When looking to solve the widespread issue of flagging trust in businesses, directors may do well to take a look at corporate culture. Healthy corporate cultures help drive bottom-line results, increase customer satisfaction, and attract top talent at all levels of the organization. And in the past year alone, media headlines in industries ranging from banking to healthcare to entertainment to automotive manufacturing have highlighted examples of how deficient corporate culture can lead to financial and reputational disaster. As both a source of competitive advantage and as a potential risk, culture is a natural component of boardroom agendas. Yet all too often, it is regarded as a secondary human-resources issue that gets directors’ attention only when a problem arises. In NACD’s most recent public company governance survey, less than half of directors reported that their boards assessed the alignment between the company’s purpose, values, and strategy in the last 12 months.

To upend the common perception of culture as a soft issue, NACD convened directors and governance professionals to develop practical guidance that directors can use to enhance their culture-oversight practices. The resultant publication, The Report of the NACD Blue Ribbon Commission on Culture as a Corporate Asset, makes ten recommendations on culture oversight and offers associated action steps and tools for directors. Donofrio, a director of Bank of New York Mellon, Advanced Micro Devices, and Delphi Automotive PLC, and Gayle, a director of the Coca-Cola Co., the Rockefeller Foundation, and the Center for Strategic and International Studies, co-chaired the commission.

“In many ways, the issue of trust is aligned with issues of culture,” Gayle observed. “While we have a sense of what our culture is, we haven’t defined it and put those pieces together so that culture can be a unifier across those issues.”

“It truly is not just about [financial] results anymore,” Donofrio added. “It’s about what you did and how you did what you did.” And if board members have concerns about how those results were achieved, it’s time to start asking the CEO and management team questions about the beliefs, protocols, and procedures underpinning the company’s performance. If the chief executive is resistant to examining these issues in an open dialogue with directors—or, worse, is taking positions contrary to the company’s espoused culture and values— that is a sign the company does not have the right leadership in place. As Gayle emphasized, “Creating and managing the company’s culture is the responsibility of the CEO and management team. Culture oversight, and holding leaders accountable for a vibrant and healthy culture, is the board’s job.”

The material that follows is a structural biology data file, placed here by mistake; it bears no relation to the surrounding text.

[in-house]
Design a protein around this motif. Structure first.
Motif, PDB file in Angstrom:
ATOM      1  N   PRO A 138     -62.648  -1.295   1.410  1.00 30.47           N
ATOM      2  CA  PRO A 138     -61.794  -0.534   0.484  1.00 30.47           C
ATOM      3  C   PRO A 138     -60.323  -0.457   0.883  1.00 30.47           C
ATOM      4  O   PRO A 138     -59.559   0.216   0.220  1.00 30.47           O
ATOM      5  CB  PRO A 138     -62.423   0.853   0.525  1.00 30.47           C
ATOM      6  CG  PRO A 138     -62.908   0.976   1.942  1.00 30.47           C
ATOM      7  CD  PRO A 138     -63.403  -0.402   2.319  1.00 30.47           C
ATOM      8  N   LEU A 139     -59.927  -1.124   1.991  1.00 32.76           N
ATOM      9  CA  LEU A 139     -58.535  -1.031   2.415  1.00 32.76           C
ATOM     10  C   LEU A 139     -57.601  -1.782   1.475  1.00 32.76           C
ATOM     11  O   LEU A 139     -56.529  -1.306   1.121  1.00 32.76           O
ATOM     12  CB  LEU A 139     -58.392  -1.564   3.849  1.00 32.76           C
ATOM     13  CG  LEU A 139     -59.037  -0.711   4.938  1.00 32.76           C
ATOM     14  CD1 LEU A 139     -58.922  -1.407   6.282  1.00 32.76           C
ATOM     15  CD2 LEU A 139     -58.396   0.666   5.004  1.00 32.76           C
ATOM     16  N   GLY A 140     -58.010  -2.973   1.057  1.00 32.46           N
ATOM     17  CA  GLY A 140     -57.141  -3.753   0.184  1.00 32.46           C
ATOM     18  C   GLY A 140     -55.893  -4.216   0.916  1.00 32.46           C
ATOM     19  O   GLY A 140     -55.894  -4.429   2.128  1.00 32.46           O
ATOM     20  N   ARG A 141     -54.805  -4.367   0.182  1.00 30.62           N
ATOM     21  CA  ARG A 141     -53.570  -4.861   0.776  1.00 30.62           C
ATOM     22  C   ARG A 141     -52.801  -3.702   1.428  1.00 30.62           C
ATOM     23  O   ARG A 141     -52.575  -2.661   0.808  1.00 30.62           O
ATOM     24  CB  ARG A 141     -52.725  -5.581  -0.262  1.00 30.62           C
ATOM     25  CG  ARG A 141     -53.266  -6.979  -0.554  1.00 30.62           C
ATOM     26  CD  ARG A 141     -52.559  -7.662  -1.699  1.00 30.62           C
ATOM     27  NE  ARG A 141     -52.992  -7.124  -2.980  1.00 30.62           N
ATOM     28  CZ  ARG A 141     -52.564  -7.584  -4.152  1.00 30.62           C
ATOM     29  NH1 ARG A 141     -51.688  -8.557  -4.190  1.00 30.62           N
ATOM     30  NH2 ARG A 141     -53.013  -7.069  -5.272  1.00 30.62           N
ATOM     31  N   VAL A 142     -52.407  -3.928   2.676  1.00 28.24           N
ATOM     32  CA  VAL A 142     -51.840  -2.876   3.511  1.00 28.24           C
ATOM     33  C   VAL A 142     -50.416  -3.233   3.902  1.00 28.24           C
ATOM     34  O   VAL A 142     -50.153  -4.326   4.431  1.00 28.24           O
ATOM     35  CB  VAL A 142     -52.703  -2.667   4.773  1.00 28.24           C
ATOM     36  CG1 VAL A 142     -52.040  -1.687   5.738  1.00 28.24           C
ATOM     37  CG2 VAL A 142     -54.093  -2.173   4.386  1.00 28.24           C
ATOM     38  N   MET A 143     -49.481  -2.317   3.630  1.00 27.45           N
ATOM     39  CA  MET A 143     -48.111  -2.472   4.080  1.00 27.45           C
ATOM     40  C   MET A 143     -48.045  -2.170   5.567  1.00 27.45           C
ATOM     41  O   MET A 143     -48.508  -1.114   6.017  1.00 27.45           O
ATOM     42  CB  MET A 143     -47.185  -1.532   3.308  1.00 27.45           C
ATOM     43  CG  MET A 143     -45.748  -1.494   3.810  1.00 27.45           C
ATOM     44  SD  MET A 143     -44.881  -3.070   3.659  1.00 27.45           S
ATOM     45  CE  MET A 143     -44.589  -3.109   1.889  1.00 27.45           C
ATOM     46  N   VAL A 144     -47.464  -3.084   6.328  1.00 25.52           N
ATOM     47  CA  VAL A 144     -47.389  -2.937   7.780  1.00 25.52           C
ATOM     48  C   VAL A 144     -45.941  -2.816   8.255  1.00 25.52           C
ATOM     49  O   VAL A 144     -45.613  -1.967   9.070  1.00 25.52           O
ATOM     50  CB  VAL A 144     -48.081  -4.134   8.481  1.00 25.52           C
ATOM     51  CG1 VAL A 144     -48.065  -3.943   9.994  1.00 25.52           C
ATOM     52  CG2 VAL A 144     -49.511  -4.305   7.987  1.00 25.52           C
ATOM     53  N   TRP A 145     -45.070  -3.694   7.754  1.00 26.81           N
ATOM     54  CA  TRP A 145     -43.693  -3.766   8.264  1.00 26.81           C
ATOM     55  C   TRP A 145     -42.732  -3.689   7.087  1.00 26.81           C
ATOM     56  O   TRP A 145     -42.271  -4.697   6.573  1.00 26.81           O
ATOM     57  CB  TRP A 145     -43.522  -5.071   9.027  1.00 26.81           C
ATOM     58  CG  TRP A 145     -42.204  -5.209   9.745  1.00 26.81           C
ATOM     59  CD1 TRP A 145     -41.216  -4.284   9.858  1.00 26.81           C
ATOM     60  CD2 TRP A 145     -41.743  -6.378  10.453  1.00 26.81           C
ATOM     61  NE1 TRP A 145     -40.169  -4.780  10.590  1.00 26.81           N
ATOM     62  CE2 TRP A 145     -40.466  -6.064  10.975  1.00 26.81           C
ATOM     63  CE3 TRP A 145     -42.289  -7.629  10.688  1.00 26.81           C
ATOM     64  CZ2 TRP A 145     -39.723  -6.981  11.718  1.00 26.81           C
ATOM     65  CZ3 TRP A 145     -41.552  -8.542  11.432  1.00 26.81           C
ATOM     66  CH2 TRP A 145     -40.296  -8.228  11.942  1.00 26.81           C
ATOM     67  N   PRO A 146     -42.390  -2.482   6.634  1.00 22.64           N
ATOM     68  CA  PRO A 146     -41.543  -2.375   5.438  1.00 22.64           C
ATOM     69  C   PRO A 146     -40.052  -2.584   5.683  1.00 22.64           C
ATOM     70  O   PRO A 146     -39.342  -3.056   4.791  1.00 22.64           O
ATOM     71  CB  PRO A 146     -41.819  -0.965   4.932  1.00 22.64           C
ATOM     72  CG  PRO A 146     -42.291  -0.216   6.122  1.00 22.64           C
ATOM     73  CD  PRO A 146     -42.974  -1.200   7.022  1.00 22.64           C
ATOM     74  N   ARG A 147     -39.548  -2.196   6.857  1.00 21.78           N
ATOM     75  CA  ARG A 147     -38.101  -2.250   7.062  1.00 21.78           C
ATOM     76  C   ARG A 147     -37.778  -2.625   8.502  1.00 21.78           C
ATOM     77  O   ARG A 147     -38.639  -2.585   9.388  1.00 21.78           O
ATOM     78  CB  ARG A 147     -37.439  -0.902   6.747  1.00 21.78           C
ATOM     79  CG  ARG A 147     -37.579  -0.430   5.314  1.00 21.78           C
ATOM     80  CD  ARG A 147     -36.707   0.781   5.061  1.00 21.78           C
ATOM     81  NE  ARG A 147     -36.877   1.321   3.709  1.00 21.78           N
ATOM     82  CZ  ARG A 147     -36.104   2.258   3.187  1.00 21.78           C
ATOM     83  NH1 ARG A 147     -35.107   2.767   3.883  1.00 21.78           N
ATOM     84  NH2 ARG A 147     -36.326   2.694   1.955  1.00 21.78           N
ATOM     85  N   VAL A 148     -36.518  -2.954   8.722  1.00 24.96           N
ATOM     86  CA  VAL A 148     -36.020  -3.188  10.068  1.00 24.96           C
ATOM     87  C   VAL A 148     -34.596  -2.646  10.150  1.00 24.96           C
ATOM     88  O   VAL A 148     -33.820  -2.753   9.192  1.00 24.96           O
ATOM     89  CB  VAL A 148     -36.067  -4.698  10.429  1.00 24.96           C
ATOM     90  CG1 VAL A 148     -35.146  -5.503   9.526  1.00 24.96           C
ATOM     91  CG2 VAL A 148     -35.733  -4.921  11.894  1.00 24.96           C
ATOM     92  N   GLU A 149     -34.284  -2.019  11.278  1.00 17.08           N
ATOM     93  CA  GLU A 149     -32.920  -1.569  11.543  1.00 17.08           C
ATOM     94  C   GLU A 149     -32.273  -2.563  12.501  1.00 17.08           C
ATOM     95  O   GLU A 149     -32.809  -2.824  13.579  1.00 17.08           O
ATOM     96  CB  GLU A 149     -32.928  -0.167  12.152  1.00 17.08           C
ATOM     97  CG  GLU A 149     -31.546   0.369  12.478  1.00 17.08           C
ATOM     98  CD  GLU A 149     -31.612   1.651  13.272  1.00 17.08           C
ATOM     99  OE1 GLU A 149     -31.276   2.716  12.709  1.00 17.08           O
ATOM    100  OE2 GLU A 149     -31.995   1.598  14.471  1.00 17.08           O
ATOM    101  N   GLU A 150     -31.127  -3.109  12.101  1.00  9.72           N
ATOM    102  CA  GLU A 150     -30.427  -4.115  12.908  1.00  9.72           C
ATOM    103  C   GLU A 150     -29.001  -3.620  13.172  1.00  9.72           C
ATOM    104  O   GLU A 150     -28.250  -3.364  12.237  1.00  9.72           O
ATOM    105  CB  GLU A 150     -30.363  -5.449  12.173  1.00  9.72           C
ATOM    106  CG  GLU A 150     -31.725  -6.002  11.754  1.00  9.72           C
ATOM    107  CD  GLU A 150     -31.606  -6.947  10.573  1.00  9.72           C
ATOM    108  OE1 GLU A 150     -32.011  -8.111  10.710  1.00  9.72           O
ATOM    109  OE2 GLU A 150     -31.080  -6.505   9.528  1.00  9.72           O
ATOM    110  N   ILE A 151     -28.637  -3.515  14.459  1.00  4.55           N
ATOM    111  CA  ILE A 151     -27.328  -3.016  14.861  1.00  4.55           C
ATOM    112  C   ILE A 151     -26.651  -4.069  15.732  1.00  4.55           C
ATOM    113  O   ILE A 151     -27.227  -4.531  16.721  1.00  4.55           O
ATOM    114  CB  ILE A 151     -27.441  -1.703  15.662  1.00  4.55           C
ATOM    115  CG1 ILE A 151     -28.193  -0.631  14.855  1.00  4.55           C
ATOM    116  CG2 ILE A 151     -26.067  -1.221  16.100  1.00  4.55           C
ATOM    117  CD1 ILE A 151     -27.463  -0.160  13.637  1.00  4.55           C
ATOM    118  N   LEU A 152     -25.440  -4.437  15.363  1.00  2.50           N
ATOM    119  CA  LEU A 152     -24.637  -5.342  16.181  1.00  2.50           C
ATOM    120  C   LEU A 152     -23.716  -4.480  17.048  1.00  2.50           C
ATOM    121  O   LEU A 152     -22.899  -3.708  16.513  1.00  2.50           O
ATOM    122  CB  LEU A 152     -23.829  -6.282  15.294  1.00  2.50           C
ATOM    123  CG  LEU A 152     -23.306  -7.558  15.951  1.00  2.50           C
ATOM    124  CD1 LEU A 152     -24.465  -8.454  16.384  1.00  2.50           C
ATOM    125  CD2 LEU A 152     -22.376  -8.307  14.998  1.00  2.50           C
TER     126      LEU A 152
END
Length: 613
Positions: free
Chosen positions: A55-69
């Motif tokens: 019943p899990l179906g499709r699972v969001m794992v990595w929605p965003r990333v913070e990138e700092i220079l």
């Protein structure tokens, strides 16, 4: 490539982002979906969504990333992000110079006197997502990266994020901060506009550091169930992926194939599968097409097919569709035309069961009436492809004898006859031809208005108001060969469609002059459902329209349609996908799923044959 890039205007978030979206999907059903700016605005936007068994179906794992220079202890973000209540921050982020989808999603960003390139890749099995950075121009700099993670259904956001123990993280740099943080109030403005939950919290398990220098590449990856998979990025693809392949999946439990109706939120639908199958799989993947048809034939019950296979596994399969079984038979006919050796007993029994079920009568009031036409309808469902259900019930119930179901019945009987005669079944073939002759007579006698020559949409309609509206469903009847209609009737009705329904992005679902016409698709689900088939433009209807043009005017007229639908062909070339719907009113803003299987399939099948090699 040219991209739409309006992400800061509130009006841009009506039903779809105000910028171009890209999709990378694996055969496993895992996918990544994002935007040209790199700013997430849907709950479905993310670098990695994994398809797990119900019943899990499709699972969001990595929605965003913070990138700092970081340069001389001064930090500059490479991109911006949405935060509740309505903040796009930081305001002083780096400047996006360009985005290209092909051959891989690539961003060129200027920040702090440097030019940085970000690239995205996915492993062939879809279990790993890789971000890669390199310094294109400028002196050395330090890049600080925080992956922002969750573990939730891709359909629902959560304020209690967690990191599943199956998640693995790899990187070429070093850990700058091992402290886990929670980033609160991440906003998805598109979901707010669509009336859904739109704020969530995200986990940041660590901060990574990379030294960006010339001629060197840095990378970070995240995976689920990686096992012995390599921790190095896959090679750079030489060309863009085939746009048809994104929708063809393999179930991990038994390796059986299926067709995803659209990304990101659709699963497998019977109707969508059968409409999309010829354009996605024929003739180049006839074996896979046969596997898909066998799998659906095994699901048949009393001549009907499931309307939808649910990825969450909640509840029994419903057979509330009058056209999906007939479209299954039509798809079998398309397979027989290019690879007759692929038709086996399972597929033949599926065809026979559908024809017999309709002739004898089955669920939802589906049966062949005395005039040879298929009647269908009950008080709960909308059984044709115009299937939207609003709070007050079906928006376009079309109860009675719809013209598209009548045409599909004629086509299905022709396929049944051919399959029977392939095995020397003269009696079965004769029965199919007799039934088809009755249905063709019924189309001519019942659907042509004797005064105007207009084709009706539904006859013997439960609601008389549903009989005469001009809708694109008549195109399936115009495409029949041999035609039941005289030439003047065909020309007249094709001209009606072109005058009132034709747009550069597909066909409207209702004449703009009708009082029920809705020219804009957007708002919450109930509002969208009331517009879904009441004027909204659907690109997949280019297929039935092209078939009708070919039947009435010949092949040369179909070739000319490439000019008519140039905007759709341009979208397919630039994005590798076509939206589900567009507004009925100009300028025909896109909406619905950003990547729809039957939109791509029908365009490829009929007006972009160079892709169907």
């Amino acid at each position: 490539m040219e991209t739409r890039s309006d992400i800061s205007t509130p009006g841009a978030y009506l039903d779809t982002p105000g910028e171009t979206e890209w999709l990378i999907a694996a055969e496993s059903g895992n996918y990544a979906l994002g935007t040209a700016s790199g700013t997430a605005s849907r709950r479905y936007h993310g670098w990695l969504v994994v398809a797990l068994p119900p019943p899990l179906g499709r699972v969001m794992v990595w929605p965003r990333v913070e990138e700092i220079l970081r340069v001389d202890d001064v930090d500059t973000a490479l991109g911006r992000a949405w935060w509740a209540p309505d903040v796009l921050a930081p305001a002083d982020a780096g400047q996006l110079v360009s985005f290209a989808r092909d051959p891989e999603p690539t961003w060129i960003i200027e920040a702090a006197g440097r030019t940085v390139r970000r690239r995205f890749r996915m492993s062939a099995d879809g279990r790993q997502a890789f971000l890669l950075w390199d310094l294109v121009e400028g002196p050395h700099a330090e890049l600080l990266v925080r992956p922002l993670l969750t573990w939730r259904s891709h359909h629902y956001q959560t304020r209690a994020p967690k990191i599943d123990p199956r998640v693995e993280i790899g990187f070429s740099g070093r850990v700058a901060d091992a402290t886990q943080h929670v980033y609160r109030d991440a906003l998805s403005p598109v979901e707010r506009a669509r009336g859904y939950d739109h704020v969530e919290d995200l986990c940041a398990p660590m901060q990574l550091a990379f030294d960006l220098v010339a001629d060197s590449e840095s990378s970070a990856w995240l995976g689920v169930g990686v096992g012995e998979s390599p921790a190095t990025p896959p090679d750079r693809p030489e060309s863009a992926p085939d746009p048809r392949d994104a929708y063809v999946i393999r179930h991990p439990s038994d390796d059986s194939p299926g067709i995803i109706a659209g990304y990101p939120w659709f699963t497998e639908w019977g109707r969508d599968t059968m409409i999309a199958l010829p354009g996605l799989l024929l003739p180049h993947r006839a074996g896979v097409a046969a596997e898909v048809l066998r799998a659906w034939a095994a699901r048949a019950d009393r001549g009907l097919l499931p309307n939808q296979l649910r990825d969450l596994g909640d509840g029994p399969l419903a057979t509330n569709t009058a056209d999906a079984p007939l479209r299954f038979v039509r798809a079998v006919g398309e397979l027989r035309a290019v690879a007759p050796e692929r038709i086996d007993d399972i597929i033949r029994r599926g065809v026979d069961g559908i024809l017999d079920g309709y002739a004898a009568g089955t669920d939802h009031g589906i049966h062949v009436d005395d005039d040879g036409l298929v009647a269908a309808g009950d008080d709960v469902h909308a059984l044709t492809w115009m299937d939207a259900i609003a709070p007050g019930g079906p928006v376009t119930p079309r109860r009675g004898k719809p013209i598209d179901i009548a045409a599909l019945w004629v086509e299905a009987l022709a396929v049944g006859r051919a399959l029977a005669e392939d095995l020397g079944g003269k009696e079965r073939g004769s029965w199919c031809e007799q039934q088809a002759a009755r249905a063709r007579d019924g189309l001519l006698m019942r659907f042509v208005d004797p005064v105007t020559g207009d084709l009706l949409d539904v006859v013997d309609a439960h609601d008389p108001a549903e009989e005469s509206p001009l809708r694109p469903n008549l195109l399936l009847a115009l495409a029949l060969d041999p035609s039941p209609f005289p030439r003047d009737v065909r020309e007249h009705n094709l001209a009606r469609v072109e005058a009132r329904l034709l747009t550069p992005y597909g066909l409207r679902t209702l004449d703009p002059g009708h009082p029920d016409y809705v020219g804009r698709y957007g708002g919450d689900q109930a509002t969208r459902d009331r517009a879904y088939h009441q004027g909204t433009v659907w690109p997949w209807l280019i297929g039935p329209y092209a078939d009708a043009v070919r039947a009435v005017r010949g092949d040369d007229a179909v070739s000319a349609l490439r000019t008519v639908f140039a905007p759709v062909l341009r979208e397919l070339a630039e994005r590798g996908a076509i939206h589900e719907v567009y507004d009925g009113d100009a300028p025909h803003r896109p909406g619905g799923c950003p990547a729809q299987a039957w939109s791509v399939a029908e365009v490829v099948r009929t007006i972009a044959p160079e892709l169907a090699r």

Regarding the rising importance placed on a company’s stance on social issues such as education, the environment, or free trade, Gayle advised that directors frame boardroom discussions on these matters in terms of how a given issue is aligned with the business and take into consideration the communities in which the firm operates and the customers it serves. When Edelman asked if board recruitment should include asking directors about their views on key social issues, Donofrio said that these discussions ultimately tie in to the director-recruitment process, where the criteria for board candidates should include their ability to contribute to and support healthy culture—in the boardroom and across the firm as a whole.

Gayle agreed. “How you relate to society is part of how the company sees itself and how the company expresses its culture. Having a well-thought-out position on how [a particular social issue] furthers the business, how it creates an environment of trust, and how it fosters talent—all those things have to do with culture.”


Download The Report of the NACD Blue Ribbon Commission on Culture as a Corporate Asset for recommendations and guidance to help boards benchmark and improve their culture-oversight practices. NACD members can access the report’s toolkit that contains boardroom discussion guides, sample culture dashboards, and other materials.